By: Arthur Wenk , Jan 08, 2012

Can you music help with aging?

Does music slow the aging process?

“Quartet,” a new film directed by Dustin Hoffmann, has opened to favorable but mixed reviews.  The story takes place in England at Beecham House, a home for retired musicians, and centers on preparations for the annual benefit concert, presented by the residents.  Some reviewers have complained about the resemblance of the plot to the old Andy Hardy, “let’s put on a show,” movies.  Others have found unconvincing the sudden reconciliation between two characters who had once been briefly married.  I take issue with the reviewers who find the entire depiction of the aged musicians to be sentimental and unrealistic.  According to them, it would seem, a realistic presentation would have half the residents lolling semi-sentient with their chins on their chests.

  • “Every scene insists that real physical or mental infirmity belongs in some other picture.” [Entertainment Weekly, Lisa Schwarzbaum]
  • “The film is far from honest about aging. Everyone seems in near-peak form — with Sissy’s little mental breakdowns more endearing than scary — and they look quite dapper with their canes and gray hair. Apparently retirement means continuous vigor until the day when an angel sweeps you away. [Kyle Smith, New York Post]
  • This is a retirement home where no one seems to be plagued by failing bodies, Alzheimer’s and other diseases of the aging. Everyone is in fine fettle and the players are all spry and funny. [Reeling Review, Robin Clifford]

I believe these reviewers fail to appreciate the beneficial effects of being actively engaged with colleagues pursuing one’s craft to the limits of one’s abilities, particularly if that craft is music.  Consider two documentaries on aging musicians.  “Young@Heart” [2007] portrays a choir of oldsters (average age 81) in Northampton, Massachusetts, challenged to a high level of performance by their director Bob Cilman.  Death and infirmity always lurk offstage but the discipline and commitment of the participants contribute to keeping them at bay.  “The Buena Vista Social Club” [1999] chronicles Ry Cooder’s campaign to locate and reunite aging Cuban musicians and prepare them for performances at Carnegie Hall and the Netherlands.  These musicians would not have been capable of maintaining the pace of their former professional careers, but could marshal their forces for the occasional one-off gig.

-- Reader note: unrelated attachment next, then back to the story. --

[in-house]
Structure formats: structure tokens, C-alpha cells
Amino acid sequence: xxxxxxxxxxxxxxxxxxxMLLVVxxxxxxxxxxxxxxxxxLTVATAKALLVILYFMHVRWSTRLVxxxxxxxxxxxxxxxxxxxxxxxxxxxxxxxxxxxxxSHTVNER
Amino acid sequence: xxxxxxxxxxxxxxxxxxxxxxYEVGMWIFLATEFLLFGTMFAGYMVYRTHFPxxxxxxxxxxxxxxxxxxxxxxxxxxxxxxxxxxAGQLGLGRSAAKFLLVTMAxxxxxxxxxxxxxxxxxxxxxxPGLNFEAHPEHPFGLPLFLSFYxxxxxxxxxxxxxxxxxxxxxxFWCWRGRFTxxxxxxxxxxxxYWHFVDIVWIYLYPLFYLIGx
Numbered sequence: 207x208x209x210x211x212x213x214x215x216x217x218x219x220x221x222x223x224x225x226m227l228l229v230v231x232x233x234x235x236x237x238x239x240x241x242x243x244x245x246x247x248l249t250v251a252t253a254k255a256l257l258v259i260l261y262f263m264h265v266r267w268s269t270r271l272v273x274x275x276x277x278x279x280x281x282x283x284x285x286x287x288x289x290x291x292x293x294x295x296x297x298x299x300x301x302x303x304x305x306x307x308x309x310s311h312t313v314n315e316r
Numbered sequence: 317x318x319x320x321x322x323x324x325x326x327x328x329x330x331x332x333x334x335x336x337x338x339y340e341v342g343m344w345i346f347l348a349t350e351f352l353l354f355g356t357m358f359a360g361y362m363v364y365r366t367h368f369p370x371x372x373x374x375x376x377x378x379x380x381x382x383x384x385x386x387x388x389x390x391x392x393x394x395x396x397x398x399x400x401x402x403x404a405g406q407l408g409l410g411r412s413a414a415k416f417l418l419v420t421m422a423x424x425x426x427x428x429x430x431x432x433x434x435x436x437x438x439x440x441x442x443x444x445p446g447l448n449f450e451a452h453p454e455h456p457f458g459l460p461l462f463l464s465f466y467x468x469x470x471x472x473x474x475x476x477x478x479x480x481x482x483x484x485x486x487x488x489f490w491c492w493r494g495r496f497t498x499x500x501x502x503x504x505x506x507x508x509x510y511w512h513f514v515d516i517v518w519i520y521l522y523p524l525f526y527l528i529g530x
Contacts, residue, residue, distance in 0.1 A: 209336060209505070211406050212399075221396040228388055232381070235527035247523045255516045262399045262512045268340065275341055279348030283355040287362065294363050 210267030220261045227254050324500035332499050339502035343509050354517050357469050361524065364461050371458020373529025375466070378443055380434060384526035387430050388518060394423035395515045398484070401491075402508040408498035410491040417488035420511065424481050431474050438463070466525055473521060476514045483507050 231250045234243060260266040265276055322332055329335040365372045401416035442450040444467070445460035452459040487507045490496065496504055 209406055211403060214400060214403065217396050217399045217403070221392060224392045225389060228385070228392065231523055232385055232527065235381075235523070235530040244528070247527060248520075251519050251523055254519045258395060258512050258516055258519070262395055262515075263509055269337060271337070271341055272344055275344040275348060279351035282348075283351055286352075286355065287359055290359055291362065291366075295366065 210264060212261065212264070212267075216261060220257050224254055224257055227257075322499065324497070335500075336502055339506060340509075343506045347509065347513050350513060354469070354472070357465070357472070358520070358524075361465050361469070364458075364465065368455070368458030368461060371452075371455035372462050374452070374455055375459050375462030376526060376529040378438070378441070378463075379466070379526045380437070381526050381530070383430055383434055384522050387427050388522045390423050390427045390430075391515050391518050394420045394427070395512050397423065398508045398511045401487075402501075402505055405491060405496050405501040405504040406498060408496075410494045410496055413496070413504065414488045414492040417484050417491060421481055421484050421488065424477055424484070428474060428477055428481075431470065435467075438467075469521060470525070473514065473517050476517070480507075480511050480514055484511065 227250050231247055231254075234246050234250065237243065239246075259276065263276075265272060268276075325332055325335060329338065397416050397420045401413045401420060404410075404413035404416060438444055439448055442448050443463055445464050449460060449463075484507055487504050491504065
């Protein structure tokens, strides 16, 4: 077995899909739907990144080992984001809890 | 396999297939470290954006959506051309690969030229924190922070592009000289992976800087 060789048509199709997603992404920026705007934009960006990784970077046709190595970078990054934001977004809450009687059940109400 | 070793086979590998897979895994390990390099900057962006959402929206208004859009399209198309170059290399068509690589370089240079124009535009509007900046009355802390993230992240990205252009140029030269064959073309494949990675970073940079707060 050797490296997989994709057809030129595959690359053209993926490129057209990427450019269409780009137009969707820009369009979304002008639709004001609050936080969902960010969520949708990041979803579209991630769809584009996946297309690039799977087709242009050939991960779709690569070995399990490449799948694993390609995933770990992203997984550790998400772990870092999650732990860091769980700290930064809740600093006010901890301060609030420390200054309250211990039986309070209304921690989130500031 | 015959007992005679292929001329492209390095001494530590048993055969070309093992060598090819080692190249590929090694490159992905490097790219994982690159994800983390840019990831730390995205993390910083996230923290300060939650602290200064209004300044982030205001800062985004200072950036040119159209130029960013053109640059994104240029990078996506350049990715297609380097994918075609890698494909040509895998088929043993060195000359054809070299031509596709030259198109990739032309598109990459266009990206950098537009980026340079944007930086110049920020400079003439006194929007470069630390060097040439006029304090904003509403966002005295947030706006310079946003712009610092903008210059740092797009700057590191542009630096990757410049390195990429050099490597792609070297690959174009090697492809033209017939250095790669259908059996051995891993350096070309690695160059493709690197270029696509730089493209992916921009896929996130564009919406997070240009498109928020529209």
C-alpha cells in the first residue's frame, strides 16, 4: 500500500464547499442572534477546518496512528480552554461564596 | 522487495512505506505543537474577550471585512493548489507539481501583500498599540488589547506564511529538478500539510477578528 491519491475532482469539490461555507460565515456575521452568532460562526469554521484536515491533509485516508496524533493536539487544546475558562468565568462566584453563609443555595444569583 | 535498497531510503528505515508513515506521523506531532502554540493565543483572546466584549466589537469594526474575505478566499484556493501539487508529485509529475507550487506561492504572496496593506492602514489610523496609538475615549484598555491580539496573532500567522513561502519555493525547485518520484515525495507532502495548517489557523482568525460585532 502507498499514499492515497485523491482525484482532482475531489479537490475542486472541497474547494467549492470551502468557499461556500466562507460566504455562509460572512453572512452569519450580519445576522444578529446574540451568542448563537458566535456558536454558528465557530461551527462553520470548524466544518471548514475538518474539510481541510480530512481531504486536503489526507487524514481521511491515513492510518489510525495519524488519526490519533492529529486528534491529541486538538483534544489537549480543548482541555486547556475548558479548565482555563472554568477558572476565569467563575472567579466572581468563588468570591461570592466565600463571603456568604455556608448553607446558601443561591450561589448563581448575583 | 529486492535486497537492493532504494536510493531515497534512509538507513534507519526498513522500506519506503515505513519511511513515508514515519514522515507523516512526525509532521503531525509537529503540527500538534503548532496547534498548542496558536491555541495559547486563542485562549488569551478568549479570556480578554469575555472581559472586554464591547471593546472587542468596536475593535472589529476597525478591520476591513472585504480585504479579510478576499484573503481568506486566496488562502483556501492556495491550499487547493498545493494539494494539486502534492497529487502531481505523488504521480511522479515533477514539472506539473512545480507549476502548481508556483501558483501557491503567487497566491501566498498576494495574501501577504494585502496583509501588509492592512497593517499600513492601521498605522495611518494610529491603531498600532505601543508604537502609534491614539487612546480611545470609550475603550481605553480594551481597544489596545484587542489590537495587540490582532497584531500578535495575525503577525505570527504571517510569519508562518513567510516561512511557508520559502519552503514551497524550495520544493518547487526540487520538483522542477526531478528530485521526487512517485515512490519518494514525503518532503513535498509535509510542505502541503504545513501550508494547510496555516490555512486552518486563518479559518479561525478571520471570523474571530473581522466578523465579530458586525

Our North American perspective tends to look upon retirement as an occasion to hustle seniors off the stage of life and sequester them in some kind of holding facility until they finally disappear.  “Quartet” offers a more benign, and I would say realistic, view.  “Quartet reminds viewers that while life may become more difficult, it doesn’t have to end until the final curtain drops.”  [Parent Previews, Donna Gustafson]

Arthur Wenk holds a doctorate in musicology and masters degrees in information science, music theory, and psychology.

Art‘s client-centered approach is based on empathic listening, helping clients integrate thoughts, feelings and actions, and assisting them to revise self-stories that have kept them enmeshed in problems: all in the interest of achieving mental, emotional and spiritual wholeness.

Art currently practices at Wilson Counselling Associates in Oakville, Ontario.